Gnoli, L'Arte umbra alla mostra di Perugia, Bergamo, 1908).
The notions of the penumbra and umbra are important in considering eclipses (q.v.).
John Fleischer (sometimes incorrectly named Fletcher), of Breslau, propounded the same view in a pamphlet, De iridibus doctrina Aristotelis et Vitellonis (1574) the same explanation was given by Franciscus Maurolycus in his Photismi de lumine et umbra (1575) The most valuable of all the earlier contributions to the scientific explanation of rainbows is undoubtedly a treatise by Marco Antonio de Dominis (1566-1624), archbishop of Spalatro.
Some lines of certain elements are always seen fainter or thinner than on the photosphere, or even wholly obliterated; others sometimes show the same features, but not always; other lines of the same elements, perhaps originating at a level above the spot, are not affected; there are also bright streaks where even the general absorption of the spot is absent, and sometimes such a bright line will correspond to a dark line on the photosphere; most generally the lines are intensified, generally in breadth, sometimes in darkness, sometimes in both together, sometimes in one at the expense of the other; certain lines not seen in the photosphere show only across the umbra, others cross umbra and penumbra, others reach a short distance over the photosphere.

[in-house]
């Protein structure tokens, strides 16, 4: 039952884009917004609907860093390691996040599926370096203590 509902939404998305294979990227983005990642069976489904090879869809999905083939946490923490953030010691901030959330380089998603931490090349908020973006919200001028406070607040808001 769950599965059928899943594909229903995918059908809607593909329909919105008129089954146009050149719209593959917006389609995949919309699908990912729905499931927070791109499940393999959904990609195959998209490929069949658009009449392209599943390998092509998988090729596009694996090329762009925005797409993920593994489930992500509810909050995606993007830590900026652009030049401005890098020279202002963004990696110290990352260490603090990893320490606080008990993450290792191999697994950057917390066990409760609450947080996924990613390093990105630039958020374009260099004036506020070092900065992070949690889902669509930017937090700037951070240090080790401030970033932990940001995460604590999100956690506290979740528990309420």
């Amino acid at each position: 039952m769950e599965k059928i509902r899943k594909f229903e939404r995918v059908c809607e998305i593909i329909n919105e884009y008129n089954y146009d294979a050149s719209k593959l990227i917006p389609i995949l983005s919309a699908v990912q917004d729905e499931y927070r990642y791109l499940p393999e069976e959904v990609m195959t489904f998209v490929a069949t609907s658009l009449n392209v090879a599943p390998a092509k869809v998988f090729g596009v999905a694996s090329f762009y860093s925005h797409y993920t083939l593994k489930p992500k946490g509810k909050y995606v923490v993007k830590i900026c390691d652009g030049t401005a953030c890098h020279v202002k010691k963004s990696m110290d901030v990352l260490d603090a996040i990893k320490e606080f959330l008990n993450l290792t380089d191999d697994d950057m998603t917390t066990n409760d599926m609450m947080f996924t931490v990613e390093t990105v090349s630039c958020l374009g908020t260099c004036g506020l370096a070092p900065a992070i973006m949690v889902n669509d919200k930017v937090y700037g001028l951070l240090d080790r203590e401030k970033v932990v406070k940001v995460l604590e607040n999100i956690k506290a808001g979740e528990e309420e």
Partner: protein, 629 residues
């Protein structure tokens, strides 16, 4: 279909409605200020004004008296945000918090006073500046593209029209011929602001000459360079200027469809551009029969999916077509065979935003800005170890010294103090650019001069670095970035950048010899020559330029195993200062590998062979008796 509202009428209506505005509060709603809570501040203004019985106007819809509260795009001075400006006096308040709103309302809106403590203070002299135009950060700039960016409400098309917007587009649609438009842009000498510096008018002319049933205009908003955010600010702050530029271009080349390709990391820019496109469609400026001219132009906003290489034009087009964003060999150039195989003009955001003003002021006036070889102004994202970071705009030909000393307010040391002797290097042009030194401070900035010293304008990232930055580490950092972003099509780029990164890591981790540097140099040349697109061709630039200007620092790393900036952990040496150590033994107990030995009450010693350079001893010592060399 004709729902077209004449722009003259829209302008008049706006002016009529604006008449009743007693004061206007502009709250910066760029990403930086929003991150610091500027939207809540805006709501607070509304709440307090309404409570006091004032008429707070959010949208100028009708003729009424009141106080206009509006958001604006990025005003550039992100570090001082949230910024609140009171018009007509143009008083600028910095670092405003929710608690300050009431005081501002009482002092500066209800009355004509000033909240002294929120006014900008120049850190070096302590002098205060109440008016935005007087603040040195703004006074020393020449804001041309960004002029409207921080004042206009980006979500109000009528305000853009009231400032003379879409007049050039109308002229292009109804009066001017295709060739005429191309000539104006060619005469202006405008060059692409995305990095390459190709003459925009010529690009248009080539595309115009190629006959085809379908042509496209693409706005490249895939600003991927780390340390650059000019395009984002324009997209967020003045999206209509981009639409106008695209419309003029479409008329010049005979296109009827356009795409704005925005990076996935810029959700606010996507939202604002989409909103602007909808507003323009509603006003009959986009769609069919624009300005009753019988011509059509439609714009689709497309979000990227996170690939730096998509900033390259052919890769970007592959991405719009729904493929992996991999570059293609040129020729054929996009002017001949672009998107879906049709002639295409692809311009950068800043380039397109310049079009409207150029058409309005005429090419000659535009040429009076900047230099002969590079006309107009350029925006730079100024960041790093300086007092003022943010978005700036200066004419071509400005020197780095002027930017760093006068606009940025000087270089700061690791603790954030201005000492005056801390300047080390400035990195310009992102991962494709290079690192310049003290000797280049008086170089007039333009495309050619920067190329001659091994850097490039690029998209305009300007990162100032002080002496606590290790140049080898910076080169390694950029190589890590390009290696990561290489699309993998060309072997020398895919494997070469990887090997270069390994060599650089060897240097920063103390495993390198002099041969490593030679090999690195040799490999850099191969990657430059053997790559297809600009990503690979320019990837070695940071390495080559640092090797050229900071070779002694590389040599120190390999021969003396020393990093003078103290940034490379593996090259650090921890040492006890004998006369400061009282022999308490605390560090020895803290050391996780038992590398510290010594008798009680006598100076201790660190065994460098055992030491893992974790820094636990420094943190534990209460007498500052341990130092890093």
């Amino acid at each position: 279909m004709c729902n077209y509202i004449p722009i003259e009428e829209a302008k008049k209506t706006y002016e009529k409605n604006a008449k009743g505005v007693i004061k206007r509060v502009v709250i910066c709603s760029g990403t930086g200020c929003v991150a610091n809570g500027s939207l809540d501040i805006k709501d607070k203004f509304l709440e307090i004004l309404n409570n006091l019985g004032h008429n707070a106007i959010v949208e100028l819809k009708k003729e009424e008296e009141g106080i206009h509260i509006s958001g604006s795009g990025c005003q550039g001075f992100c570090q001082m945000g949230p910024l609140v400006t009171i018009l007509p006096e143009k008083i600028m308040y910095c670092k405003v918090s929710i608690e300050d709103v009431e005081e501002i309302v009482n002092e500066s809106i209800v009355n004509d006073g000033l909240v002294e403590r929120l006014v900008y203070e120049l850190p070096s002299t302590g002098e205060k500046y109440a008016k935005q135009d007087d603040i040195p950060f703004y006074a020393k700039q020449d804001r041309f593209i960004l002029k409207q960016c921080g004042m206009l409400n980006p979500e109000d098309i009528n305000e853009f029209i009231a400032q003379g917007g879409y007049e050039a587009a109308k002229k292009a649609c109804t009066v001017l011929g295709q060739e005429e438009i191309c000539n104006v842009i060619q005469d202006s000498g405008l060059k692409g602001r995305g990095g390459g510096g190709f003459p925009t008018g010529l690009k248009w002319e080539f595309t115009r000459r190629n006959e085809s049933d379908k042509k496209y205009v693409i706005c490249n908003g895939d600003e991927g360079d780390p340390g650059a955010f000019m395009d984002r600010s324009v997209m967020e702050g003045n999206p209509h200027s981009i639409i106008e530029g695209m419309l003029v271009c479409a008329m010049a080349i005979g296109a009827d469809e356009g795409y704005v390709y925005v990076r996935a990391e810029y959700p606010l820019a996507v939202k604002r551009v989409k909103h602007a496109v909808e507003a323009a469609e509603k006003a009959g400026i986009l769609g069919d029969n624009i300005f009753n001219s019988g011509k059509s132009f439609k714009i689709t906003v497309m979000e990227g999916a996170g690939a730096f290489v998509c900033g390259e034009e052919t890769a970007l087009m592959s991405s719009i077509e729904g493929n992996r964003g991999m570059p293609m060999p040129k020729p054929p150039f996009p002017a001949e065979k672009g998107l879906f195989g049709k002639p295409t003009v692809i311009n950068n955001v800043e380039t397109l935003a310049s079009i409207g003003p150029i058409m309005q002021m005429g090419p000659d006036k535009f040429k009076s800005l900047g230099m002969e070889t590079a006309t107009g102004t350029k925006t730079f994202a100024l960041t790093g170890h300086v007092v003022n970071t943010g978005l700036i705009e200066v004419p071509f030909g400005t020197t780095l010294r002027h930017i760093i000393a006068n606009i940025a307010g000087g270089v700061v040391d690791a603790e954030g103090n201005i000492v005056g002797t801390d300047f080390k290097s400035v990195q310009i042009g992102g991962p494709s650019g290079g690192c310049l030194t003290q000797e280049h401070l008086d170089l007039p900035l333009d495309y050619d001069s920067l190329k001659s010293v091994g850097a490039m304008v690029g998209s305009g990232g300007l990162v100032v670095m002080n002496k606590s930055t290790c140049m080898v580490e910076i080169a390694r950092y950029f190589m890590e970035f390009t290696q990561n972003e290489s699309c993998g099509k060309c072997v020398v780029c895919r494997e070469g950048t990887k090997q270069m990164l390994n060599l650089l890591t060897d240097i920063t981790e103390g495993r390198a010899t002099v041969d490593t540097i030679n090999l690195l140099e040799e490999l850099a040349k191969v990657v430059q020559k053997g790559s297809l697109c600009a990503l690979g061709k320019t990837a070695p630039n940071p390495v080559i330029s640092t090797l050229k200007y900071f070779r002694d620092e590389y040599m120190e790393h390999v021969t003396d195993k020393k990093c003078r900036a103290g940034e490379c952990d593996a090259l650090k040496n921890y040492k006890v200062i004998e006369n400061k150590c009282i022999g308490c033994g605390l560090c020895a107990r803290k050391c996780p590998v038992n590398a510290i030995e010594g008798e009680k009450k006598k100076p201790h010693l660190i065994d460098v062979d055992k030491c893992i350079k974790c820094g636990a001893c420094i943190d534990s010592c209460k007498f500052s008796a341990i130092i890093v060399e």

Readers of Dante know the idea that the dead have no shadows; this was no invention of the poet's but a piece of traditionary lore; at the present day among the Basutos it is held that a man walking by the brink of a river may lose his life if his shadow falls on the water, for a crocodile may seize it and draw him in; in Tasmania, North and South America and classical Europe is found the conception that the soul - o-tab., umbra - is somehow identical with the shadow of a man.